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2013 Summer Box Office On Track to Be Best Ever, Even Amid Flops and Forewarned Implosion

Photo of Tom Brueggemann By Tom Brueggemann | Thompson on Hollywood August 12, 2013 at 9:00PM

Variety reports that the 2013 domestic summer box office is on track to be the most robust ever, despite the multiple would-be tentpoles that crashed and burned (amid Steven Spielberg's much-repeated soundbite of industry "implosion"). Domestic totals are estimated at $4.15 billion, through Sunday, August 11. This is 12% ahead of this time in 2011, which itself tallied a previous landmark of $4.4 billion for the entire summer. Three factors though make any final assessment of the summer premature.
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Robert Downey Jr. in box-office titan "Iron Man 3"
Robert Downey Jr. in box-office titan "Iron Man 3"

 Variety reports that the 2013 domestic summer box office is on track to be the most robust ever, despite the multiple would-be tentpoles that crashed and burned (amid Steven Spielberg's much-repeated soundbite of industry "implosion").

Domestic totals are estimated at $4.15 billion, through Sunday, August 11. This is 12% ahead of this time in 2011, which itself tallied a previous landmark of $4.4 billion for the entire summer.

Three factors though make any final assessment of the summer premature:

-- The budgets for the summer films, based on industry estimates (not always accurate) for the 32 films released wide since "Iron Man 3" on May 3 also are about 11% higher than those since last summer. Also, there were three more films this summer so far, with each release having its own additional expense, raising the total costs for the summer.

-- This figure doesn't include foreign totals, which lag a bit behind domestic figures, including several films which at this point have opened domestically and at this point either only partially or not at all in foreign markets. That performance more than domestic will determine how good this summer has been.

-- The decent summer has managed to bring the year to date domestic box up to near parity (through yesterday down 0.1%) from 2012. This is a big improvement since the end of April, when it was down 14% (over $400 million at that point). To its credit, the summer did change the trend that, had it continued during the summer, would have been disastrous. But 2013, with its more expensive lineup, still doesn't look quite as rosy as the seasonal recap so far indicates.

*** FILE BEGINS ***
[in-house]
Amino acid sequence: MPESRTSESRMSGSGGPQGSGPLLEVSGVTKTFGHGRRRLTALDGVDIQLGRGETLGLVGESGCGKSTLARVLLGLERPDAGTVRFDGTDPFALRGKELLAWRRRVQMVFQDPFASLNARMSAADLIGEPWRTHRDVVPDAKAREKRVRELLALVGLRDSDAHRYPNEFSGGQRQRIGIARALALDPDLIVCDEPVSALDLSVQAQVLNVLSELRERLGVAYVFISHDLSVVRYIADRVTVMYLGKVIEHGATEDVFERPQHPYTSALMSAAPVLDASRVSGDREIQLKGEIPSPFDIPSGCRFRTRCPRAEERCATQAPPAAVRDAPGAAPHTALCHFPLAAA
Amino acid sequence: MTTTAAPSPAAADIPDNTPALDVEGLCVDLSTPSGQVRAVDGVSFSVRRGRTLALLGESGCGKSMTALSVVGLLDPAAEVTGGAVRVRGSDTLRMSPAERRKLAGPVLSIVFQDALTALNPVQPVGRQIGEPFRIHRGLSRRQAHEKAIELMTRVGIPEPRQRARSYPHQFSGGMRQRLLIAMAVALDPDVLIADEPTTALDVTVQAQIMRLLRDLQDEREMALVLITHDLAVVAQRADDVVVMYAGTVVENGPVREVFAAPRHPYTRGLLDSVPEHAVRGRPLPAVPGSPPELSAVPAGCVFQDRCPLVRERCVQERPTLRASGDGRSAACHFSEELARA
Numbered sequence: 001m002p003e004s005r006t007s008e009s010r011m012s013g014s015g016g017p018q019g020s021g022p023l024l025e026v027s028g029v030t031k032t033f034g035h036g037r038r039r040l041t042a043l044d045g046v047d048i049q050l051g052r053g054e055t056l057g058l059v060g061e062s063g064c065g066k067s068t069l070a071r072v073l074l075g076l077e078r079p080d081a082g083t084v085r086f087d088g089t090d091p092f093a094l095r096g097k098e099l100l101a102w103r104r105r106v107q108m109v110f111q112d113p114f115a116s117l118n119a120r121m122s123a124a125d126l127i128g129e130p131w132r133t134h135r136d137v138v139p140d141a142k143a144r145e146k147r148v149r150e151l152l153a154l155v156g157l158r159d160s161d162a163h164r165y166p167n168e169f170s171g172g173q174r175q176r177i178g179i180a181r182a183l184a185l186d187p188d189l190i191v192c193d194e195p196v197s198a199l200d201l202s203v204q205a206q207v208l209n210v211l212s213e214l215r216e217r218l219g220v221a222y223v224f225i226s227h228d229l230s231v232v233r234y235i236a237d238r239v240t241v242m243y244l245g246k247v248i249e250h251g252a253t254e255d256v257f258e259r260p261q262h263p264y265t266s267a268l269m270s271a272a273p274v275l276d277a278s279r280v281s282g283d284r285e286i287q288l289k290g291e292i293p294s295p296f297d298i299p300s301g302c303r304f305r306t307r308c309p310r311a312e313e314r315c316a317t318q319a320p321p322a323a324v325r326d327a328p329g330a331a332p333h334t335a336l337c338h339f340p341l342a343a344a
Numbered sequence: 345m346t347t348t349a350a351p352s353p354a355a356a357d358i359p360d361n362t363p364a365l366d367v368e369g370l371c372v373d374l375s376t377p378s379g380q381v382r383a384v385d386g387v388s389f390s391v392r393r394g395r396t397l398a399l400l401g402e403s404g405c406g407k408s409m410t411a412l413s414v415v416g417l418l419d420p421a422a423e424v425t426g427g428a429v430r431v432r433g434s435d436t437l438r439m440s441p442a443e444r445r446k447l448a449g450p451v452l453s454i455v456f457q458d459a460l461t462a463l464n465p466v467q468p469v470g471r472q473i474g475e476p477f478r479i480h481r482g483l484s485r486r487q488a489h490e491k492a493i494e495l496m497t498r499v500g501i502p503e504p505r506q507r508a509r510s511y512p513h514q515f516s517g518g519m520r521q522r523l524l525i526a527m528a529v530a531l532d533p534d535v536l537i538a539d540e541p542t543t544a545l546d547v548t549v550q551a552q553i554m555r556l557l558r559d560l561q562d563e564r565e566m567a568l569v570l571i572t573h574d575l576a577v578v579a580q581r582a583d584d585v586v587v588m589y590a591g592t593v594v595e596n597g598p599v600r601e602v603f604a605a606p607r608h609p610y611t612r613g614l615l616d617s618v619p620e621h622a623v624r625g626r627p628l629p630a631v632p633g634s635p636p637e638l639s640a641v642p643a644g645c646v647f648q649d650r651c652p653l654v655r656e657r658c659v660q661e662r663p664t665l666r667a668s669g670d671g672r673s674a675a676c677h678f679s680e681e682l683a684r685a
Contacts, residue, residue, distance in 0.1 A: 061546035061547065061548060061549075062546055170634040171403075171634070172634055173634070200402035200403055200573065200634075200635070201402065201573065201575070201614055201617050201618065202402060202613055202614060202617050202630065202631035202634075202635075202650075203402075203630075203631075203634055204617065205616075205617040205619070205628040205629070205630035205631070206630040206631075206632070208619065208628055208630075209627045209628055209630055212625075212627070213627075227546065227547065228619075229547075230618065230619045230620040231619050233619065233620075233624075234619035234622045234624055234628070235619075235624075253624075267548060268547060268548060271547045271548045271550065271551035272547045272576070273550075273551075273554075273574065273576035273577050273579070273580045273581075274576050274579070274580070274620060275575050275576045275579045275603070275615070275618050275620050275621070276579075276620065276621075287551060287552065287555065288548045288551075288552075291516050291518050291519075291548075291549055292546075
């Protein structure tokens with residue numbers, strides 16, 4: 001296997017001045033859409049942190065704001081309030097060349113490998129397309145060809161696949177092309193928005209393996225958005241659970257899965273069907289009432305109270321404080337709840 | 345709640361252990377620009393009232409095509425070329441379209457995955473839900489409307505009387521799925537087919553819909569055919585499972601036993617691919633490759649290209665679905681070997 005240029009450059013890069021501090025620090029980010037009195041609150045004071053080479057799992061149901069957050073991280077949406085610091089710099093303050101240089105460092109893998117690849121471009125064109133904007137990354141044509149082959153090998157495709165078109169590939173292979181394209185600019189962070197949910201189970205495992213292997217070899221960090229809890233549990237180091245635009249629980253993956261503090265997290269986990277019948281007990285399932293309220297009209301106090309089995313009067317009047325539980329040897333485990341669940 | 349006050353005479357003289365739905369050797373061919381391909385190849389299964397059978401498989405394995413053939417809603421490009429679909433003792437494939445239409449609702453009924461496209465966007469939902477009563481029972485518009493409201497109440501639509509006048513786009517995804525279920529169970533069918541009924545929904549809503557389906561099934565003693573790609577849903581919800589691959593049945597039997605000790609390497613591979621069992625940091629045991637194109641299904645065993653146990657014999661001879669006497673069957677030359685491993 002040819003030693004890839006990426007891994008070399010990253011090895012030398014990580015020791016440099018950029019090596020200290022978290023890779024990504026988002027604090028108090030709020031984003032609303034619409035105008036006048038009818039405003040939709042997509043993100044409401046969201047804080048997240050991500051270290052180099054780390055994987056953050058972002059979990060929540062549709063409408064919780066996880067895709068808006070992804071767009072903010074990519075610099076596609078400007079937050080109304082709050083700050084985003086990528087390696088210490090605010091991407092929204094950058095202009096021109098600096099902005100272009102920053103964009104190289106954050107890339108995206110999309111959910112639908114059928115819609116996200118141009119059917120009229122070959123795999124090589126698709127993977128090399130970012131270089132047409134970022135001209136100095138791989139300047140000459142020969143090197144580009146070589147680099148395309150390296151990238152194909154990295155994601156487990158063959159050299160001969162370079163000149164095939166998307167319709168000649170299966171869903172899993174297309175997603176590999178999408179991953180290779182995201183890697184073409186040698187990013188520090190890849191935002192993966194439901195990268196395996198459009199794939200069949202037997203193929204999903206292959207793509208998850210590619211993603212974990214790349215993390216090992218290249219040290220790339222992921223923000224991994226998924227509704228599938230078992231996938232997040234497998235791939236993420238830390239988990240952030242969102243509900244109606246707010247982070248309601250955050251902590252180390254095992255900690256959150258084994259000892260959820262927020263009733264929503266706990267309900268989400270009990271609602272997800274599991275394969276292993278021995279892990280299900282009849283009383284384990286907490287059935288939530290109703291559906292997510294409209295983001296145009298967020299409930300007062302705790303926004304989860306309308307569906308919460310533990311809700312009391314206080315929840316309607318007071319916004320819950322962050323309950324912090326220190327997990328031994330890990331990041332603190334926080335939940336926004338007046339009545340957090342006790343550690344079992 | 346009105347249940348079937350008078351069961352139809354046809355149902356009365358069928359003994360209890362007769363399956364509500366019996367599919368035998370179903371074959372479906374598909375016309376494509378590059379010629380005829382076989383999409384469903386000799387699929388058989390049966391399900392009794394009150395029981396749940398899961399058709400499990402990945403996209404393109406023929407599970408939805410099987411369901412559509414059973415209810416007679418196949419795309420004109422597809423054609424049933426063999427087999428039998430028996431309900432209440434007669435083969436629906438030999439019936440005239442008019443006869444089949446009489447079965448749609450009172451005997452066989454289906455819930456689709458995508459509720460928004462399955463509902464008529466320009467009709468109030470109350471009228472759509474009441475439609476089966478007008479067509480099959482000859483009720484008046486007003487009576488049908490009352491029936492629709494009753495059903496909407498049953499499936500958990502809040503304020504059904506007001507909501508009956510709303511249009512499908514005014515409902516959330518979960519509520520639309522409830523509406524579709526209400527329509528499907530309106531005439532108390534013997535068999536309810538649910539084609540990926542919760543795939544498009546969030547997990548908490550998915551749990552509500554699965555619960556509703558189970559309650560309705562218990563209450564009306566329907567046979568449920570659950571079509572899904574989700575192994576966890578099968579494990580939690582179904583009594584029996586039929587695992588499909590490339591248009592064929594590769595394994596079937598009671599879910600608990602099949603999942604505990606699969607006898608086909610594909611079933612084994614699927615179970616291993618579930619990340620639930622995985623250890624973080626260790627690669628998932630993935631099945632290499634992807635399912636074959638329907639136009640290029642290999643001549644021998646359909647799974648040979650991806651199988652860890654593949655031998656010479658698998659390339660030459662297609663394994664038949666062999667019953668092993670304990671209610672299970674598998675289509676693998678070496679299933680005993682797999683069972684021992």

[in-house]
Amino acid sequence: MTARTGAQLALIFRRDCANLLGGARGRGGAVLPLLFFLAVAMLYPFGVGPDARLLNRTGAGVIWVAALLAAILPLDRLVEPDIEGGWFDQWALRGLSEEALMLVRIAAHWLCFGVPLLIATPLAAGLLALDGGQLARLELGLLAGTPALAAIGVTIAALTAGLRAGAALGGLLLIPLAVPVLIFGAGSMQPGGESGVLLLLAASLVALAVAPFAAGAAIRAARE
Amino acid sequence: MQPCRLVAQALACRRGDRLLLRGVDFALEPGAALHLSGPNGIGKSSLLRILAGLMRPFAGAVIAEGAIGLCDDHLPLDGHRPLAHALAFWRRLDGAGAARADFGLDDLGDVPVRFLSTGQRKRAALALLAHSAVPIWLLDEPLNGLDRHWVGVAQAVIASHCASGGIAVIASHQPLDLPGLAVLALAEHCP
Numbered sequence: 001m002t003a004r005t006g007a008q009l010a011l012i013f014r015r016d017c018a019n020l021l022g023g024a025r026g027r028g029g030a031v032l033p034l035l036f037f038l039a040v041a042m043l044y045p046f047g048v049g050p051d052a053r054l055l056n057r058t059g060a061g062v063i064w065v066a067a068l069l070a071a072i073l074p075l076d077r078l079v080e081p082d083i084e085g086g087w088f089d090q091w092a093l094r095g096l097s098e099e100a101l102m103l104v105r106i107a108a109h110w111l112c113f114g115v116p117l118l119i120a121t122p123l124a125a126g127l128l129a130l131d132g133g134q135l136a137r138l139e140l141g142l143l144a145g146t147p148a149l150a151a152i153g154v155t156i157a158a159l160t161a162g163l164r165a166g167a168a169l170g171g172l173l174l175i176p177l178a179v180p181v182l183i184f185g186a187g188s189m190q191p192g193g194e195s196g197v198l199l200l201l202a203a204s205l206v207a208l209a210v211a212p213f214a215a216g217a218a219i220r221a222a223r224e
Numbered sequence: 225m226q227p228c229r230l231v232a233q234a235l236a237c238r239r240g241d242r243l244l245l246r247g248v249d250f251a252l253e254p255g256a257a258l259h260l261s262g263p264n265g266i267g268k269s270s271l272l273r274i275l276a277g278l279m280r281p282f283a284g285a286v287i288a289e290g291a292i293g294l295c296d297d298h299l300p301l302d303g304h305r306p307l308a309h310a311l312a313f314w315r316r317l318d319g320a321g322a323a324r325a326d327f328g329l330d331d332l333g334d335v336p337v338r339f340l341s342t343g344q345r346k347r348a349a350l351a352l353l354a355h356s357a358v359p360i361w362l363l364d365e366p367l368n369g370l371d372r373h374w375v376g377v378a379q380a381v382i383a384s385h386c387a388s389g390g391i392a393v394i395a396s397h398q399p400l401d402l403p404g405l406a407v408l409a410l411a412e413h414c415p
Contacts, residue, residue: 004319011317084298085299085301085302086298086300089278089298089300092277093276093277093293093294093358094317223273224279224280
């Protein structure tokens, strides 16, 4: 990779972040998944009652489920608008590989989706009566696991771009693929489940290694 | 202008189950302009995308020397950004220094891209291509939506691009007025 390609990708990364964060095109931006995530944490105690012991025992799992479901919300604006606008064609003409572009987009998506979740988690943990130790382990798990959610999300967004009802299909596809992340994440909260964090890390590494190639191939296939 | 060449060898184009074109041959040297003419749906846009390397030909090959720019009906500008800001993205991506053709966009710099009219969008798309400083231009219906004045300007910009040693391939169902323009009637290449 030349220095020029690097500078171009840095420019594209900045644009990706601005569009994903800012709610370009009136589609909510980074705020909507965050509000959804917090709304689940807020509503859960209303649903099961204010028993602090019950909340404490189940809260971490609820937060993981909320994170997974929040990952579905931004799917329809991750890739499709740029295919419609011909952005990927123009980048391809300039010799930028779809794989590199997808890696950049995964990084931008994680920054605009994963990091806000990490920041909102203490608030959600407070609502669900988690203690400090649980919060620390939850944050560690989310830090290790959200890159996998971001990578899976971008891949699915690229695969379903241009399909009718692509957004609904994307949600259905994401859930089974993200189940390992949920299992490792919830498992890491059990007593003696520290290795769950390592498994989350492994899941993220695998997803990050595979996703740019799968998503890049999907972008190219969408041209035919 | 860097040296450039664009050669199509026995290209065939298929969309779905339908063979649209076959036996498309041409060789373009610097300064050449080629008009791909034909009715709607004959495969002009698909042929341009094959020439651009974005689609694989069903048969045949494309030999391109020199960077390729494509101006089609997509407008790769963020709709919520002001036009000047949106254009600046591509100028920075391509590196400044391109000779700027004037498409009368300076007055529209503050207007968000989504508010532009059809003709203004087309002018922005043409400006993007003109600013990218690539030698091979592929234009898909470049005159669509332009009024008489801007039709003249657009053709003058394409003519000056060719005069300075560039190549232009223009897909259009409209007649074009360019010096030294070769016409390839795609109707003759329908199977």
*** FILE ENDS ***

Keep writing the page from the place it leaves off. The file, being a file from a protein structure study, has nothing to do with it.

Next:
Juggernauts like "Iron Man 3" and "Despicable Me 2" were ultimately able to make up for box-office flops "The Lone Ranger," "R.I.P.D.," "After Earth" and "White House Down," though as we've pointed out before, in terms of studio write-offs, a hit shouldn't be paying for a bomb.

Still to come as the season winds down are "Kick Ass 2," "Lee Daniels' The Butler," "Paranoia" and "Jobs."

Take a look at these domestic summer box office numbers for the past five years:

Summer Box Office*

2013: $4.15**

2012: $4.28

2011: $4.40

2010: $4.21

2009: $4.33

*in billions of $

**estimate through Aug. 11

We'll be back with a full recap, including international numbers and a film by film assessment on Labor Day Weekend.

This article is related to: Box Office, Box Office, Box Office


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Thompson on Hollywood

Born and raised in Manhattan, Anne Thompson grew up going to the Thalia and The New Yorker and wound up at grad Cinema Studies at NYU. She worked at United Artists and Film Comment before heading west as that magazine's west coast editor. She wrote for the LA Weekly, Sight and Sound, Empire, The New York Times and Entertainment Weekly before serving as West Coast Editor of Premiere. She wrote for The Washington Post, The London Observer, Wired, More, and Vanity Fair, and did staff stints at The Hollywood Reporter and Variety. She eventually took her blog Thompson on Hollywood to Indiewire. She taught film criticism at USC Critical Studies, and continues to host the fall semester of “Sneak Previews” for UCLA Extension.